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The Blame Game
by Derek Smart
During the frustrating times of a season when loss piles upon loss and failure begets failure like a virus dividing and multiplying, there can be some comfort taken, cold and sick though it may be, in finding someone to blame.
The losses build animus, and that animus seeks a direction, a focus. It does not want to sit and be still, it wants action. It wants a target.
That's the gift of blame. It provides something at which to aim your malice, keeping the rancor from doing its damage to you instead, which it most certainly will, if only out of boredom.
Which is what can make a loss like last night's difficult, as truly, I can find no one to blame.
There were no glaring mistakes that should have been otherwise. True, Chipper Jones hit two homers, making him the generator of the entirety of the Braves offensive output, but while the pitches he hit weren't great, neither were they terrible. At some point the talent of your opposition is a factor.
Such is also the case with Tim Hudson, who held the Cubs to two runs during his fine complete game outing. Certainly there were a couple of moments when a big hit could have made a difference, but Hudson threw good pitches at those times and got his outs. The outcome of a game is not solely determined by the actions of your favorite team.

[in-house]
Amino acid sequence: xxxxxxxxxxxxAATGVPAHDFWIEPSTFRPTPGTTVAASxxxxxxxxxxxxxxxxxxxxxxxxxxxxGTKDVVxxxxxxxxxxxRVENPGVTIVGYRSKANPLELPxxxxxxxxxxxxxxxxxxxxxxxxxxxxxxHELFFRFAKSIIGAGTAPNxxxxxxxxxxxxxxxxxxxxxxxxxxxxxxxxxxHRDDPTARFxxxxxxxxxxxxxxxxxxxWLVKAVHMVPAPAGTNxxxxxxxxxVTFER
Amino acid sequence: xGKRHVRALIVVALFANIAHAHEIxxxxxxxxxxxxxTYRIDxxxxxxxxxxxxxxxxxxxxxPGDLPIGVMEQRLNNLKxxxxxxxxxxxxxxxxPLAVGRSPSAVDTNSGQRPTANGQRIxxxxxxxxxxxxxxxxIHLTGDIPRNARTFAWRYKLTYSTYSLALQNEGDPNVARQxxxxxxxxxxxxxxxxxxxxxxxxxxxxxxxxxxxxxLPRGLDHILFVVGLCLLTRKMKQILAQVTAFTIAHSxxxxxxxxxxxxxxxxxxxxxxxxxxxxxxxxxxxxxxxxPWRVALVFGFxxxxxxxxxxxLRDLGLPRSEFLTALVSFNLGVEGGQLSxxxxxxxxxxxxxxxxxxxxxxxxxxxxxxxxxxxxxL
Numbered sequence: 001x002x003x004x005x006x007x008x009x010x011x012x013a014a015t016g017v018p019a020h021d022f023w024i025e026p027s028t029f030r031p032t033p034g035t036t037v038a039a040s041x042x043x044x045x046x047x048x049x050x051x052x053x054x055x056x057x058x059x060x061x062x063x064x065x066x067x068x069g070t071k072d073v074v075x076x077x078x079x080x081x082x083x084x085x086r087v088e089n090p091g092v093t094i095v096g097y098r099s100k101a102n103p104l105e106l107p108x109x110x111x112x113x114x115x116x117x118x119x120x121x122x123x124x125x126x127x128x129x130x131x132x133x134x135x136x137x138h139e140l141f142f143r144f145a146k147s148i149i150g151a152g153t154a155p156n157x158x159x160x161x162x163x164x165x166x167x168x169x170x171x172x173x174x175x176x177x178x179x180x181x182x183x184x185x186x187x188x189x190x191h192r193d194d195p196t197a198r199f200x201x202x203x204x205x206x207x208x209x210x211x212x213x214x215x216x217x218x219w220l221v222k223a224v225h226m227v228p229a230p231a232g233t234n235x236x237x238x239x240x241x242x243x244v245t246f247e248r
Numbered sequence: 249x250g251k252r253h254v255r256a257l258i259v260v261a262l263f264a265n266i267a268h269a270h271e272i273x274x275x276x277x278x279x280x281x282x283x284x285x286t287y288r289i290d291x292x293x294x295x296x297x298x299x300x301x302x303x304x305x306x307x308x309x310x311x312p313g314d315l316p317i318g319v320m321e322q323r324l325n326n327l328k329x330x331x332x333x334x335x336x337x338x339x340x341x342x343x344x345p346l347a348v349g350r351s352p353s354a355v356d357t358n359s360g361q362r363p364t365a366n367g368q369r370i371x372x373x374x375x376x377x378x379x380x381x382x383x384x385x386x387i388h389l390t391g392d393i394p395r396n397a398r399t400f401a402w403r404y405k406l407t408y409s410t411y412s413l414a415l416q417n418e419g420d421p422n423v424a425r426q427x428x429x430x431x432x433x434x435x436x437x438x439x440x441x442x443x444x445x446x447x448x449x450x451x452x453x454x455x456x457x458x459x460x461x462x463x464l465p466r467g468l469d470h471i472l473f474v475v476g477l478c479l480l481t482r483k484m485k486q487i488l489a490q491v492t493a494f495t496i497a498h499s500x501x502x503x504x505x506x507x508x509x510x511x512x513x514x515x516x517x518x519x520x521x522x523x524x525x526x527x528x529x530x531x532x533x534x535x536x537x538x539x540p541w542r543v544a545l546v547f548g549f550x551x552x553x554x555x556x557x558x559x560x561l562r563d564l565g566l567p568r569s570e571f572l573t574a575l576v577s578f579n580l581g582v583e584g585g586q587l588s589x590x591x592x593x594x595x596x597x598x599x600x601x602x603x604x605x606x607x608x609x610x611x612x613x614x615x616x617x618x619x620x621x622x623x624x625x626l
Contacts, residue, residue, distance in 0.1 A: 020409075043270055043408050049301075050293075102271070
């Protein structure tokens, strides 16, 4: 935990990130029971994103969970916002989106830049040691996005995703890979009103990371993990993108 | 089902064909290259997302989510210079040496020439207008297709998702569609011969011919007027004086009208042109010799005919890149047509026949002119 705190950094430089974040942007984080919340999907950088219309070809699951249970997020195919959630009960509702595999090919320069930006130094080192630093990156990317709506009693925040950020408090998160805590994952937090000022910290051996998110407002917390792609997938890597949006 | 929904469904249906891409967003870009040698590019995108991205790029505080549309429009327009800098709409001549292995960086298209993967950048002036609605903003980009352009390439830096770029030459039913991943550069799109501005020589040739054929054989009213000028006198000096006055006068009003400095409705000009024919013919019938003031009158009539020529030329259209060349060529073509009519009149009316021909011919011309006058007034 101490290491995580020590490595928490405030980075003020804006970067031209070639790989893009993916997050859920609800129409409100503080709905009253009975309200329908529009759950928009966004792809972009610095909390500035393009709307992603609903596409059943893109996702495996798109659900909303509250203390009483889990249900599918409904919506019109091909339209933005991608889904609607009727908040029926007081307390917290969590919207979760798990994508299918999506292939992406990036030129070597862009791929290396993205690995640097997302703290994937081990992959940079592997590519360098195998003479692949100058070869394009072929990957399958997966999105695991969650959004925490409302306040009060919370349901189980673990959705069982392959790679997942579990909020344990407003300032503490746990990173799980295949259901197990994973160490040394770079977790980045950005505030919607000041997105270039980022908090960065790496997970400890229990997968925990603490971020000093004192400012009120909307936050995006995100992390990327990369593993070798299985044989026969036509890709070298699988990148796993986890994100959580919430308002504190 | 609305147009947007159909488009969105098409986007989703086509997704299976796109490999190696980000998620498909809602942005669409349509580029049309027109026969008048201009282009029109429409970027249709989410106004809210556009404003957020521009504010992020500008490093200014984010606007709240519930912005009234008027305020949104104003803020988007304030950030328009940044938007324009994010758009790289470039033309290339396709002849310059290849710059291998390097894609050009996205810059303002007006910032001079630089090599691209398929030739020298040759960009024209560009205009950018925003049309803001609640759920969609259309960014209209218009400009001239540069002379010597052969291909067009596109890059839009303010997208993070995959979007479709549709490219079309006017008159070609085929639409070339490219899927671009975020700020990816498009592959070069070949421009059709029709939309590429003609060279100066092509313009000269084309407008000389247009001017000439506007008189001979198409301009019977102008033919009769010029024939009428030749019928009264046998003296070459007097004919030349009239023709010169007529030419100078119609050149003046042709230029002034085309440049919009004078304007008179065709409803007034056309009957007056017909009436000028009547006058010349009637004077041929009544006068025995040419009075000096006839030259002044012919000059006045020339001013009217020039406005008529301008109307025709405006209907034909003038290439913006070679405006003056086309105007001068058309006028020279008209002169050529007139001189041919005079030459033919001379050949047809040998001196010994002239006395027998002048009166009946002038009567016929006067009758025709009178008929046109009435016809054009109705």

Often we as a community blame the Cubs' hitters for not scoring runs, much as we praise their pitchers when they hold the opponent down. However, we usually fail to acknowledge when the other guy does their job with aplomb.
This is a mistake, because sometimes you are beaten. Sometimes you do your damnedest and it's not enough. Sometimes, much as you try to affect the outcome, it's out of your hands.
In these situations there is no one to blame, so the malignance turns inward. Yet, having nowhere for the hostility to go isn't all bad. There is comfort, too, in simply being bested. In putting forth your finest effort, only to be outdone by your opponent. There is honor in that, and in a season so devoid of honor, it should be a nice change of pace.
I think it would be, had there not been so much that was blameworthy coming before it. If it weren't for all the poor play, all the times when dividing a single brain between the lot of them would have been a tenfold improvement, just being beaten would have been an acceptable, if unwanted, result.
But after a year of finding fault wherever I turn, blame has become my solace. I'm addicted to it. I need it like I need my coffee. In a year that has, once again, been defined by expectations unmet, it seems somehow fitting that now, when I want, desire, expect someone to blame, this team can't even give me that.